If you listened much to the cellular telephone companies talk about the ongoing rollout of 5G performance standards for your devices, you might think it was the best thing since sliced bread, canned beer and kissing on the first date. The FAA isn’t so sure, however, and in early November published a Special Airworthiness Information Bulletin (SAIB AIR-21-18), Risk of Potential Adverse Effects on Radio Altimeters, seeking additional information from manufacturers and operators.
The SAIB results from an RTCA report entitled, “Assessment of C-Band Mobile Telecommunications Interference Impact on Low Range Radar Altimeter Operations.” Among other things, the RTCA found “a major risk that 5G telecommunications systems in the 3.7–3.98 GHz band will cause harmful interference to radar altimeters on all types of civil aircraft—including commercial transport airplanes; business, regional, and general aviation airplanes; and both transport and general aviation helicopters.”
The RTCA report results from testing of representative radar altimeters to determine their tolerance to expected 5G signals. The test results “clearly indicate that this risk is widespread and has the potential for broad impacts to aviation operations in the United States, including the possibility of catastrophic failures leading to multiple fatalities, in the absence of appropriate mitigations,” according to RTCA.
Part of the problem is that the existing Technical Standard Order (TSO) under which radar altimeters are approved—TSO-C87a—“does not provide criteria for compatibility with adjacent band operations, including potential impacts associated with wireless communications system deployments,” according to the FAA’s SAIB.
In turn, the FAA “recommends that radio altimeter manufacturers, aircraft manufacturers, and operators voluntarily provide to federal authorities specific information related to altimeter design and functionality, specifics on deployment and usage of radio altimeters in aircraft, and that they test and assess their equipment in conjunction with federal authorities. Results from that testing and assessment should be reported to the appropriate civil aviation authorities (CAAs) and spectrum regulators.”
The SAIB includes specific recommendations for operators, avionics manufacturers and aircraft makers. For example, radar altimeter makers are requested to “submit receiver RF selectivity, interference tolerance masks, and baseline operational specifications for each model number in production or still in use, and approximate numbers of each radio altimeter model currently in service in the United States,” in addition to analyzing and testing specific radalt models.
Airframe manufacturers also are urged to conduct testing and analysis on “loss of function, and erroneous or misleading radio altimeter data from potential harmful interference” in the radio spectrum adjacent to that used by radar altimeters, and determine “any operational restrictions necessary or actions to take to maintain safe operations with radio altimeter equipment susceptible to harmful interference due to wireless broadband operation.”
“Operators should ensure their pilots are aware of the potential degradation of the radio altimeter capabilities and any means to compensate for in-flight radio altimeter anomalies,” the SAIB encourages. “Operators should ensure their pilots are aware of the potential degradation to the capabilities of safety systems and other equipment dependent upon radio altimeters and any means to compensate for resulting anomalies. Consider both the loss of function of the safety systems and other dependent systems and the manners in which they may malfunction.”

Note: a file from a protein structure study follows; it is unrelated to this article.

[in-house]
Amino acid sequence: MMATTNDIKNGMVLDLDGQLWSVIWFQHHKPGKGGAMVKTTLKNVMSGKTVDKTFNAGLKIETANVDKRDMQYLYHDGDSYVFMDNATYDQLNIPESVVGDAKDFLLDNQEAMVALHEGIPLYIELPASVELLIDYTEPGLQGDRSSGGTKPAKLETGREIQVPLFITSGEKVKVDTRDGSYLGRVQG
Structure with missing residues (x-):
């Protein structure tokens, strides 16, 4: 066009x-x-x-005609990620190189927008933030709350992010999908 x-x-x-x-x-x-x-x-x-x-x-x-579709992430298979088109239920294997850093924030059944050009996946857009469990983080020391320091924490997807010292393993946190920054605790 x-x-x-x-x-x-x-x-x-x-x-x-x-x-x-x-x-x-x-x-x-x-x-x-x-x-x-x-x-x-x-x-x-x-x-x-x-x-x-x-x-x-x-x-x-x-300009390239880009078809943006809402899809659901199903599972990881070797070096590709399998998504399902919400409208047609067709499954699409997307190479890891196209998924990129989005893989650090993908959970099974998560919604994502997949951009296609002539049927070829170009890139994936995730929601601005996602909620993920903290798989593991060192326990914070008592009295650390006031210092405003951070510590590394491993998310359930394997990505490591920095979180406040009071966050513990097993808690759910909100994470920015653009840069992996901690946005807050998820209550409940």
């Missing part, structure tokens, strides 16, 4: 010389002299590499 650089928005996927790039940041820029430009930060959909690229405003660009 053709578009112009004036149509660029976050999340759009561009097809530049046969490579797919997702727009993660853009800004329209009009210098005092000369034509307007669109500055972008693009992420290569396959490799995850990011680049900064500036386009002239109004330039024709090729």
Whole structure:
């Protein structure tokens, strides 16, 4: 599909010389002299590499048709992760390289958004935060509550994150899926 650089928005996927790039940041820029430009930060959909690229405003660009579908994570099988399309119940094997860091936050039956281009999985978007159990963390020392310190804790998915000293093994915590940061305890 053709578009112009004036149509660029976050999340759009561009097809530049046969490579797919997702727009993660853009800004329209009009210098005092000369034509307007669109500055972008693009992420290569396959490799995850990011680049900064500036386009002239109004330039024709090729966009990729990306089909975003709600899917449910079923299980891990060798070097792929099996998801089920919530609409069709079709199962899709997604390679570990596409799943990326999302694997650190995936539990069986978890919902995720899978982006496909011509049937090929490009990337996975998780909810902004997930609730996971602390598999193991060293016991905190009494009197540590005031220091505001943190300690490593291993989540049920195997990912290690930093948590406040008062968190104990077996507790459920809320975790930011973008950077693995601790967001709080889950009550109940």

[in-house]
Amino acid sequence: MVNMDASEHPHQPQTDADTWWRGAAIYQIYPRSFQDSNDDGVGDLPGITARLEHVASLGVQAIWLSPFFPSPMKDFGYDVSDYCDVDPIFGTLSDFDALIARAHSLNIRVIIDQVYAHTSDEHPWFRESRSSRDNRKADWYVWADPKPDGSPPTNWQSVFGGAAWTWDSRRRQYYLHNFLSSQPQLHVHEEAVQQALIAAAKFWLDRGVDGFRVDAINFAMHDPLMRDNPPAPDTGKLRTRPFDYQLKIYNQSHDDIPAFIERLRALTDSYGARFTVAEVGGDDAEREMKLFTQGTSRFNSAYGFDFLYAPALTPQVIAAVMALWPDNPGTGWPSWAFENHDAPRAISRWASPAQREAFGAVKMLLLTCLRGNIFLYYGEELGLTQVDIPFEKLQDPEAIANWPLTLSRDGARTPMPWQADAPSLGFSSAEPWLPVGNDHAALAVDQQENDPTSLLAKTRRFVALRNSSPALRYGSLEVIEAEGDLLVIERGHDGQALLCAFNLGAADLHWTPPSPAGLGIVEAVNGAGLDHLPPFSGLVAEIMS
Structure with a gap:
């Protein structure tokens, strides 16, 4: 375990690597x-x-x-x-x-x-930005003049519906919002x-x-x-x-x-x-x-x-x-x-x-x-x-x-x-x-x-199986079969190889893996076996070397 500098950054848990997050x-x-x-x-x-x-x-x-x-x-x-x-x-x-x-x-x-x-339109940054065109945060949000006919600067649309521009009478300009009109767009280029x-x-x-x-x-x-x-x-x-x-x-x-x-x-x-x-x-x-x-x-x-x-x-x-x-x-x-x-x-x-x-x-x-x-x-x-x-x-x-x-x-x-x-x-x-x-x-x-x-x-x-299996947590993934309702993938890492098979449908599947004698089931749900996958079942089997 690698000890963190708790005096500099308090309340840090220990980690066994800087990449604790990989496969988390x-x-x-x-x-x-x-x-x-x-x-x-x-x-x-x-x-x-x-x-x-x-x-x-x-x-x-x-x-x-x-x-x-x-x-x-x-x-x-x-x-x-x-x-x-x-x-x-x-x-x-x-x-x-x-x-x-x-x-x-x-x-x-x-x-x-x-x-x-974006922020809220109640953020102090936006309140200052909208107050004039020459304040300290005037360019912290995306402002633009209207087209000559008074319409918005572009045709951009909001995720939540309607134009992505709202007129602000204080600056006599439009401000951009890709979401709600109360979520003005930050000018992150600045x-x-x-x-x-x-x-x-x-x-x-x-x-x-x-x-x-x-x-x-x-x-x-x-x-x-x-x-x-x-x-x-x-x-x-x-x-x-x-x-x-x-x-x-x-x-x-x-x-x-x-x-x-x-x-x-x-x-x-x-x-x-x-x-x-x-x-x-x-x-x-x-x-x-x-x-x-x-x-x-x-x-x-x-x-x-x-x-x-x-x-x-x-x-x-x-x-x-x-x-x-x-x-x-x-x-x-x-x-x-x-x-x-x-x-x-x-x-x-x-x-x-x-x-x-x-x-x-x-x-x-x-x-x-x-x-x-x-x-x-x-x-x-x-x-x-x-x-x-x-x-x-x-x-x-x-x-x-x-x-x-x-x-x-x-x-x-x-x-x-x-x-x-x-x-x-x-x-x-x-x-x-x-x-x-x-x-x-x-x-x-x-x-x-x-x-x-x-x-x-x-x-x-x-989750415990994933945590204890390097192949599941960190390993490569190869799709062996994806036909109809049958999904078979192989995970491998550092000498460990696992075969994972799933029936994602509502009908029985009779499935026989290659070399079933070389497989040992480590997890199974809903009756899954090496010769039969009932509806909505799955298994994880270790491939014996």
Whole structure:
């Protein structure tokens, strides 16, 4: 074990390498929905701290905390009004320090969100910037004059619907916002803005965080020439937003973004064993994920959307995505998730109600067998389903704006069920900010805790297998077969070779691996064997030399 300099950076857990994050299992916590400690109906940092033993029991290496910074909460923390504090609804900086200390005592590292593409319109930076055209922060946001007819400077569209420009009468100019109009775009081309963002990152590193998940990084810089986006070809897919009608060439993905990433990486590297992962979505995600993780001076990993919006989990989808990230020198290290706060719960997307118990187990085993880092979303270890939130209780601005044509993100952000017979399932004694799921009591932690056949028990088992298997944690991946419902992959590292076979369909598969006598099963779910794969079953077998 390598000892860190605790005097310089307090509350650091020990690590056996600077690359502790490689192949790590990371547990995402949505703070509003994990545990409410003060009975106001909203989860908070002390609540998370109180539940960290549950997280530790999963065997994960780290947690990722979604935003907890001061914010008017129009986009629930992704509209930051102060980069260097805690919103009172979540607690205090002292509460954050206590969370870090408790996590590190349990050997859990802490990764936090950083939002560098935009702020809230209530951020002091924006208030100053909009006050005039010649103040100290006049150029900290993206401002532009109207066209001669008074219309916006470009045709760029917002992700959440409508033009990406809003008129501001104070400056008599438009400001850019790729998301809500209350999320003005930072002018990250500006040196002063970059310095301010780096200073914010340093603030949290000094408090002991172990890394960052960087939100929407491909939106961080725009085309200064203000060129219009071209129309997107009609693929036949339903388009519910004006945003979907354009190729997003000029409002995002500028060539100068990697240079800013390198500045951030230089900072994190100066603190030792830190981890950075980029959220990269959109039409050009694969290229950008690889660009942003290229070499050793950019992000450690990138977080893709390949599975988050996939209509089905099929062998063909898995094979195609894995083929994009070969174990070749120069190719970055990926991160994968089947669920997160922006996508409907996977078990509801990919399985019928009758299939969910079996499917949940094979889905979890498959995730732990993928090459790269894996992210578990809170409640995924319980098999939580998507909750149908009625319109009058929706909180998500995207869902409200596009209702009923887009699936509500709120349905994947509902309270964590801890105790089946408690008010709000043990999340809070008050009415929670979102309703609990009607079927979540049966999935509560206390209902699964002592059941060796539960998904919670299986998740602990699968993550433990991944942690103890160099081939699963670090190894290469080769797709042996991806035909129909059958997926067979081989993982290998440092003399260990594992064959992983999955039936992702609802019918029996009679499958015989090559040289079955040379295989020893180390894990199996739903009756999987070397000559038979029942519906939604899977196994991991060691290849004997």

Operators also are requested to remind passengers that all portable electronic devices “in checked baggage (including smartphones and other devices) should be turned off and protected from accidental activation.” They also should remind passengers that “all portable electronic devices in the cabin” be set to a non-transmitting mode or turned off.
NTSB: TOTAL ACCIDENTS, FATALITIES DOWN IN 2020
In mid-November, the NTSB brought some good news to the aviation safety front when it announced U.S. civil aviation accident rates for 2020 resulted in decreases in fatalities overall. The reduction in lives lost came as 2020 flight activity was down across different all operational categories, to no one’s great surprise.
According to the NTSB, most fatalities in 2020 occurred as a result of general aviation operations. In 2020, there were 332 fatalities, compared to 414 the year before. Coupled with the overall reduction in activity, general aviation’s 2020 fatal accident rate was 1.049 accidents per 100,000 flight hours, which compares favorably to 2019’s rate of 1.064.
Meanwhile, accidents involving FAR Part 135 on-demand operations—charters, air taxis, air tours and medical services when a patient is on board—claimed 21 lives in 2020, which also is a reduction from 2019, when 32 people died in such operations. After two consecutive years with airline passenger fatalities, there were no fatal accidents involving Part 121 air carriers in 2020, according to the NTSB.
There’s a caveat: The NTSB’s 2020 statistics include investigations that are still ongoing, so “they do not detail potential reasons for the accidents and fatalities in U.S. aviation,” the Board said. The table reproduced on page 27 presents the raw NTSB numbers for 2020. An annual summary of U.S. civil aviation accidents, updated through 2019 and including historical comparisons, was scheduled for release in December.